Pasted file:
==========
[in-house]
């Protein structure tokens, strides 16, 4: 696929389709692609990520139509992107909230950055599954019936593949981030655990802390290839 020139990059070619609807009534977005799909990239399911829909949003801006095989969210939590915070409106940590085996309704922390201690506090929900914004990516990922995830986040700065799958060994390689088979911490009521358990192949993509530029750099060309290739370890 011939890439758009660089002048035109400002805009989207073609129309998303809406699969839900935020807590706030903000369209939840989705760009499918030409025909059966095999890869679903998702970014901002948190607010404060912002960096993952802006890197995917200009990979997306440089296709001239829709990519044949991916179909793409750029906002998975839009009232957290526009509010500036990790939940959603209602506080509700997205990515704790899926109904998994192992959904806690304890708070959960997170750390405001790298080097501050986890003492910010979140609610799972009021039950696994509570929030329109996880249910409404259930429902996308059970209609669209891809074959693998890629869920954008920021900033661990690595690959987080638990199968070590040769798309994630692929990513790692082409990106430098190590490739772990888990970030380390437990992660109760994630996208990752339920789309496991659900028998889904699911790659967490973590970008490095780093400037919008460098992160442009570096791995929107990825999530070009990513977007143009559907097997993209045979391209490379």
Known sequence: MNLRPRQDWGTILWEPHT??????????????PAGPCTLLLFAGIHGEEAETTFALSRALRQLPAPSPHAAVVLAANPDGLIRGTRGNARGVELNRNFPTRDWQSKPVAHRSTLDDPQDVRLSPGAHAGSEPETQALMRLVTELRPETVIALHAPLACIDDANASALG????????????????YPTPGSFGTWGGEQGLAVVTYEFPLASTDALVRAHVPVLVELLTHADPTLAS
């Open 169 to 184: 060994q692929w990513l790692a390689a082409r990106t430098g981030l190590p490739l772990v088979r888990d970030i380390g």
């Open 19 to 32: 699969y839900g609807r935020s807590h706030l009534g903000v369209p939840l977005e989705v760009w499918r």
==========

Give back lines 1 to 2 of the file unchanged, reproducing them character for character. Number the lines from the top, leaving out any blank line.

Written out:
[in-house]
């Protein structure tokens, strides 16, 4: 696929389709692609990520139509992107909230950055599954019936593949981030655990802390290839 020139990059070619609807009534977005799909990239399911829909949003801006095989969210939590915070409106940590085996309704922390201690506090929900914004990516990922995830986040700065799958060994390689088979911490009521358990192949993509530029750099060309290739370890 011939890439758009660089002048035109400002805009989207073609129309998303809406699969839900935020807590706030903000369209939840989705760009499918030409025909059966095999890869679903998702970014901002948190607010404060912002960096993952802006890197995917200009990979997306440089296709001239829709990519044949991916179909793409750029906002998975839009009232957290526009509010500036990790939940959603209602506080509700997205990515704790899926109904998994192992959904806690304890708070959960997170750390405001790298080097501050986890003492910010979140609610799972009021039950696994509570929030329109996880249910409404259930429902996308059970209609669209891809074959693998890629869920954008920021900033661990690595690959987080638990199968070590040769798309994630692929990513790692082409990106430098190590490739772990888990970030380390437990992660109760994630996208990752339920789309496991659900028998889904699911790659967490973590970008490095780093400037919008460098992160442009570096791995929107990825999530070009990513977007143009559907097997993209045979391209490379």